The actions of health care workers who carried out their daily routine while in the early stages of infection have heightened the concern of the general public, creating a call to action among governing bodies. The Hippocratic Oath states, “I will prevent the disease whenever I can, for prevention is preferable to cure. I will remember that I remain a member of society, with special obligations to all my fellow human beings, those sound of mind and body as well as the infirm.”
C.J. Peters, director for biodefense at the Center for Biodefense and Emerging Infectious Diseases, reflected on his 21-day quarantine after working in a hot zone in the 1970s. He stated the quarantine was not ideal and difficult. However, when individuals work in areas of infection and are at high risk, then workers prepare for possible quarantine, but “these people who do not have highly dangerous exposures do not deserve to be locked up, given what we know or think that we know about Ebola.”
The selfless actions of medical personnel treating patients infected with Ebola are commendable. Before the medical mission trip and during their time in the infected areas, protocols, policies and procedures are reviewed and practiced. Yet, even after leaving infected zones, health care workers are contracting Ebola and in many cases dying. The World Health Organization reported 13,567 confirmed, probable and suspected cases of Ebola virus disease (EVD) in six affected countries and two previously-affected countries up to the end of Oct. 29. Approximately 4, 941 deaths have been reported and 523 health care workers have been infected with EVD, 269 of which were fatal.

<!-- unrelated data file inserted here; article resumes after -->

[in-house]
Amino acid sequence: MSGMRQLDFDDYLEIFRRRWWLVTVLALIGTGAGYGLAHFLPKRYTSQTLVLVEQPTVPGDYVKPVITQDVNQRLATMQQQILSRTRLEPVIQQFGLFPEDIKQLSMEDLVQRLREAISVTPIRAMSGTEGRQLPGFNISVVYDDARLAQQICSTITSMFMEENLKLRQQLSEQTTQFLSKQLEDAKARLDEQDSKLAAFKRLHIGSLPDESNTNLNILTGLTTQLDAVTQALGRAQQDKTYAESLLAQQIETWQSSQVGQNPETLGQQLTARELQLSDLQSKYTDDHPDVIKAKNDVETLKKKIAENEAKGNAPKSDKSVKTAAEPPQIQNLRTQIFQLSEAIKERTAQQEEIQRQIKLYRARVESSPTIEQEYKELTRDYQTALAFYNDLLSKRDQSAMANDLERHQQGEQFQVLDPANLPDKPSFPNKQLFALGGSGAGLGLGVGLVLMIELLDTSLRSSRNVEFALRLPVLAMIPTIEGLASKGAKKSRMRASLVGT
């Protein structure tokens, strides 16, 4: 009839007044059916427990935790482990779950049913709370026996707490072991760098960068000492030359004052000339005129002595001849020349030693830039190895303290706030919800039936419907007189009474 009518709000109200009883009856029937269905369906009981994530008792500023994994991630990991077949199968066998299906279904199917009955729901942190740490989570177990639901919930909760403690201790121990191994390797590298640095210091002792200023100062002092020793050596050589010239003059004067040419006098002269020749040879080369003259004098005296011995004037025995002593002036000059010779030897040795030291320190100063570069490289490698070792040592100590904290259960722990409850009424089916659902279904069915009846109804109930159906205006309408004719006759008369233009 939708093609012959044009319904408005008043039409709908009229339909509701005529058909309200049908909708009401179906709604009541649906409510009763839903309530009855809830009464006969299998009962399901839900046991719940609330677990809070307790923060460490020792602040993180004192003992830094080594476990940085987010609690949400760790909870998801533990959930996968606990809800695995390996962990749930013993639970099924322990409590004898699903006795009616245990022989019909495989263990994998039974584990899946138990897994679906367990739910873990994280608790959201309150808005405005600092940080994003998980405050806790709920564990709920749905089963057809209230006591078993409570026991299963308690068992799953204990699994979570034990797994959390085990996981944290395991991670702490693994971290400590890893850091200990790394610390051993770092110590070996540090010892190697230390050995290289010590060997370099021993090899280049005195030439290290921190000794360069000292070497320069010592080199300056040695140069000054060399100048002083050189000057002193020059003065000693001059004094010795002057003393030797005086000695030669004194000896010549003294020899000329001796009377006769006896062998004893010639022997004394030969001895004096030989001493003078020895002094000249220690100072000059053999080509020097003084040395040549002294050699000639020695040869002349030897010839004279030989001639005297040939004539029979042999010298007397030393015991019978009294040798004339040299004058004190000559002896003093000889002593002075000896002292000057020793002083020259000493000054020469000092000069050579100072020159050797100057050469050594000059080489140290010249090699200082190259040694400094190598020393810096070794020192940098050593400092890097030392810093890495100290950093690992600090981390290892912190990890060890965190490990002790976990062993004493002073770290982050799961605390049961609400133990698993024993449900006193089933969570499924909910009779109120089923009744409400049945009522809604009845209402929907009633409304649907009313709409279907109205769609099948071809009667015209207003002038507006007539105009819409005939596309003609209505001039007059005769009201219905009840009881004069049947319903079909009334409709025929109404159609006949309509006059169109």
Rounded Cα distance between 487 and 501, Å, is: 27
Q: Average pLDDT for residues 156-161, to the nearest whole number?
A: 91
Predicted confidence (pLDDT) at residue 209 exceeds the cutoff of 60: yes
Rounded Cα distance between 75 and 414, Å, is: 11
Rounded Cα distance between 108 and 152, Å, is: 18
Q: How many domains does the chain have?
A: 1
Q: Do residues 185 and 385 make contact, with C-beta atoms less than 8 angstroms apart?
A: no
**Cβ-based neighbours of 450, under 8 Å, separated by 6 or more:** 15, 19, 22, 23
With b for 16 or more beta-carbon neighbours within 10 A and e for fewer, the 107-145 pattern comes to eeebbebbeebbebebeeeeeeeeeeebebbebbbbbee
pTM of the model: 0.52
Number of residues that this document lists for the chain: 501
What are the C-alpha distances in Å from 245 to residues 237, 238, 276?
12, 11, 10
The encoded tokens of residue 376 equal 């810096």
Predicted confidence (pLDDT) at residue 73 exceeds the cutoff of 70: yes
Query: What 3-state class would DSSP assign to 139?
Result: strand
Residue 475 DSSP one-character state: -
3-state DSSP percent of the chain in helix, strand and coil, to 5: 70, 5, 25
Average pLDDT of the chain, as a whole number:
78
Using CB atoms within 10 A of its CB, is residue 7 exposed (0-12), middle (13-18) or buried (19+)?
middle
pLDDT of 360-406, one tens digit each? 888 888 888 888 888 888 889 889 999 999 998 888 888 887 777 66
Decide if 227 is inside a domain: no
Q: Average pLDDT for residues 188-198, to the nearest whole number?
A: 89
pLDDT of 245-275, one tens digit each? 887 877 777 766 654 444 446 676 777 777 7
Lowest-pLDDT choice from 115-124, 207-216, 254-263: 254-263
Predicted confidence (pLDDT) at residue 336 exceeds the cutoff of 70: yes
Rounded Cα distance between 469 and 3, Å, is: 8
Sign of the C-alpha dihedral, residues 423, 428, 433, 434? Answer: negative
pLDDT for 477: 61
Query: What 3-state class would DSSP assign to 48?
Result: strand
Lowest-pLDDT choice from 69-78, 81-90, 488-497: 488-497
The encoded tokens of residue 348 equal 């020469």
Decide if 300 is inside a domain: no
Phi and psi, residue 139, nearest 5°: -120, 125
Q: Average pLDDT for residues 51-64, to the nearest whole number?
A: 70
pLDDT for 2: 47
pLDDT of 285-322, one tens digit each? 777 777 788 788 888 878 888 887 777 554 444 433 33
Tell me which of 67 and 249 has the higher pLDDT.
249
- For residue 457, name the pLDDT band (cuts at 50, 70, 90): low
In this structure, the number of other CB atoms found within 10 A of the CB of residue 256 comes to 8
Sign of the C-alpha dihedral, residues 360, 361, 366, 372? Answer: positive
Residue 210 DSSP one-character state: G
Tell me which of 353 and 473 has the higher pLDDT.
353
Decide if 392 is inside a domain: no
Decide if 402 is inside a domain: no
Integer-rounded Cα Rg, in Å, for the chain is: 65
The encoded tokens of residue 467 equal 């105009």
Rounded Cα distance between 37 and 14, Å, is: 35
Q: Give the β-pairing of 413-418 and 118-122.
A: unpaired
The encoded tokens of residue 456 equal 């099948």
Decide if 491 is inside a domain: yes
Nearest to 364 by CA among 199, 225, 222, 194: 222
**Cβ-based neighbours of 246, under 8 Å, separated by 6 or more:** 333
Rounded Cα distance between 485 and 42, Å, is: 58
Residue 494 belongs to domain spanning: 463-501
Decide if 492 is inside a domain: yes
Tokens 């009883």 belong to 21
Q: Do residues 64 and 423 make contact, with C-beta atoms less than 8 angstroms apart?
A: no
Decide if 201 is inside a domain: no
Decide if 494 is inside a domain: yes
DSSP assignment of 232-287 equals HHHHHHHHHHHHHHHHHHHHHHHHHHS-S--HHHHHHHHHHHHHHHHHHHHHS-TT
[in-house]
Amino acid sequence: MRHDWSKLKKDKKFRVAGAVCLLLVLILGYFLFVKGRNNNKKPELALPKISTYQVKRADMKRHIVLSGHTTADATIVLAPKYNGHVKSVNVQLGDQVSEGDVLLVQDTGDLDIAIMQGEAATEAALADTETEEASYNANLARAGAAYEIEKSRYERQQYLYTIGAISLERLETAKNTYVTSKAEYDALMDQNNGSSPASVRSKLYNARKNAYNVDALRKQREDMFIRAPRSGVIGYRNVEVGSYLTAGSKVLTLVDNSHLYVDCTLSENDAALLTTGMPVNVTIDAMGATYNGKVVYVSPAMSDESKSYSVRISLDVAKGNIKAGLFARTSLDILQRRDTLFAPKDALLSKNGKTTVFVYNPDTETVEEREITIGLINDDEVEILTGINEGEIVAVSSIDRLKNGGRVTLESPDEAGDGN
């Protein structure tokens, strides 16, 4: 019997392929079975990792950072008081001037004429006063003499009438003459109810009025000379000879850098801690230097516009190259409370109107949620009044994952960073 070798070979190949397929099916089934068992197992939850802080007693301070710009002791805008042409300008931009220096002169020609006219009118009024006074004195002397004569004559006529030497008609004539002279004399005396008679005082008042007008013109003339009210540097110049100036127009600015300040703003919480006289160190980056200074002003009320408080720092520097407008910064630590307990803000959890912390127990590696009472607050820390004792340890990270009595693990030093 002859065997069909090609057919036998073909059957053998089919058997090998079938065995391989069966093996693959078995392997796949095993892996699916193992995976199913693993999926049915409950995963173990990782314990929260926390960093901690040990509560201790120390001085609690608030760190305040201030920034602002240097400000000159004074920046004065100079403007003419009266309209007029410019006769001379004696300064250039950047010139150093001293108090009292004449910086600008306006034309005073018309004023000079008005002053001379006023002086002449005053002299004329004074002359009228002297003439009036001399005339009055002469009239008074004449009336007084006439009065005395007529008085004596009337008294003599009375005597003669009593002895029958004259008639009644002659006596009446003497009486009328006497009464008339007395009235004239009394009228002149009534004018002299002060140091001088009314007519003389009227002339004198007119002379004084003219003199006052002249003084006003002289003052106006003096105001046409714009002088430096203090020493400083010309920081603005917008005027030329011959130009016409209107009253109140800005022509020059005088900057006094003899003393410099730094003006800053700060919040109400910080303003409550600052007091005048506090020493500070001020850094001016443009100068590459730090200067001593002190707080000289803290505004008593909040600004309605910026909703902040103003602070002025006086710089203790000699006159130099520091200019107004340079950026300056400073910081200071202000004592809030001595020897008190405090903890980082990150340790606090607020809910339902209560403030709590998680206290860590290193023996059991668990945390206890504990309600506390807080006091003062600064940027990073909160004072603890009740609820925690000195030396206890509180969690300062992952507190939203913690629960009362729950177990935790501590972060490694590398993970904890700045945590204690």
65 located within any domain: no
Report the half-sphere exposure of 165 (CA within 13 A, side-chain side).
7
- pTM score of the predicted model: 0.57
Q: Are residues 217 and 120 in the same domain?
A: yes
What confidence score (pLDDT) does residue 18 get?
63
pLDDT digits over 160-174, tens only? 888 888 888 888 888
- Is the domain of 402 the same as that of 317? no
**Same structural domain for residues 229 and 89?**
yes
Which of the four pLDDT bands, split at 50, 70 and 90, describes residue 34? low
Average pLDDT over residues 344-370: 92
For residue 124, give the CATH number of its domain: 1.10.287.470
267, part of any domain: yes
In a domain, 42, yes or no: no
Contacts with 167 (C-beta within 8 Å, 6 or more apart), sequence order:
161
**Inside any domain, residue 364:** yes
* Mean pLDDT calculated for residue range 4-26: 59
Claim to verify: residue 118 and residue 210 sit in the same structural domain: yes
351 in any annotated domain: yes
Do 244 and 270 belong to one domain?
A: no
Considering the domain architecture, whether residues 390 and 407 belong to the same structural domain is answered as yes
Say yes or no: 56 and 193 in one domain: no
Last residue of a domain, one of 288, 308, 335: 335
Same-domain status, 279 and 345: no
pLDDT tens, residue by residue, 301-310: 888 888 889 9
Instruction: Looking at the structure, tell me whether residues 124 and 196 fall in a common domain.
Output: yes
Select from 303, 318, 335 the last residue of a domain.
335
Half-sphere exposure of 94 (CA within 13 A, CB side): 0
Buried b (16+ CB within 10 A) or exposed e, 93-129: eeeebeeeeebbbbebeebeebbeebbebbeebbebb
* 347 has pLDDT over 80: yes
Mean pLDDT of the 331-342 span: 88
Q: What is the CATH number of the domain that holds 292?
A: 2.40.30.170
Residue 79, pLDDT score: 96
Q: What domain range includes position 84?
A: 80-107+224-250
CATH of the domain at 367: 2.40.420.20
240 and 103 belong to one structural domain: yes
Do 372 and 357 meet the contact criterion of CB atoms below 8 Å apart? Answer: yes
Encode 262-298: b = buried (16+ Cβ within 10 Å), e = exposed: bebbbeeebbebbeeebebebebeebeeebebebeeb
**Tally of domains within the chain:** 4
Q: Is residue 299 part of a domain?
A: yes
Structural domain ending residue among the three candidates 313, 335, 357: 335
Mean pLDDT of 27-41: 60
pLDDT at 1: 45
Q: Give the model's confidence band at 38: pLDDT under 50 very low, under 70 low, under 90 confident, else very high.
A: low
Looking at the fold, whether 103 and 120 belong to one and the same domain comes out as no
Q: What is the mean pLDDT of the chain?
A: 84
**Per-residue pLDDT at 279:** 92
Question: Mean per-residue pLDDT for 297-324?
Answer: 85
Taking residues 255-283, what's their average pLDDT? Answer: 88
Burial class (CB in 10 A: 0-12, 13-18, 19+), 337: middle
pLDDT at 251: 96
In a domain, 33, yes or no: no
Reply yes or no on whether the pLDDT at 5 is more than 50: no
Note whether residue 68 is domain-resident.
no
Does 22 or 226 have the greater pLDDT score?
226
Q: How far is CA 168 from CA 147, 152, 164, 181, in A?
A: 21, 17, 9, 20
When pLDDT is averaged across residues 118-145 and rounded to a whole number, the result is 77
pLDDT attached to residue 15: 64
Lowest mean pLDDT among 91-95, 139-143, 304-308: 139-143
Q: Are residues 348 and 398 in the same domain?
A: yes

Officials are tasked with creating a balance between society and individuals who pose a potential threat to the health and welfare of the public. Perhaps the compromise lies with the medical and research community, which has received additional funding to study Ebola. Exposed health care workers could live in transitional housing where they can be medically monitored and vitals recorded. Meanwhile, the health care workers could document their interactions and experiences with Ebola patients to gain a better understanding of the disease and possible methods of transmission. The health care workers could be compensated through the proceeds received to conduct research. This solution would protect the general public, increase the body of Ebola research knowledge and provide immediate medical care for the population responsible for treating others.
The Ebola virus and medical knowledge increases daily. Yet, many questions remained unanswered. The lessons learned from countries that have been cleared from Ebola, research scientists and front-line medical personnel are crucial in successfully fighting this disease. Medical personnel, public policymakers, elected officials, first responders and civil rights advocates should discuss facts rather than myths, develop an informative campaign to educate society and become united to increase trust and willingness to resolve this global health crisis.
Author: Stacey Mann, Ph.D. is an assistant professor in the Department of Emergency Management at
Jacksonville State University. She can be reached at [email protected] Dr. Gretchen Richards is an assistant professor in the Department of Emergency Management at Jacksonville State University.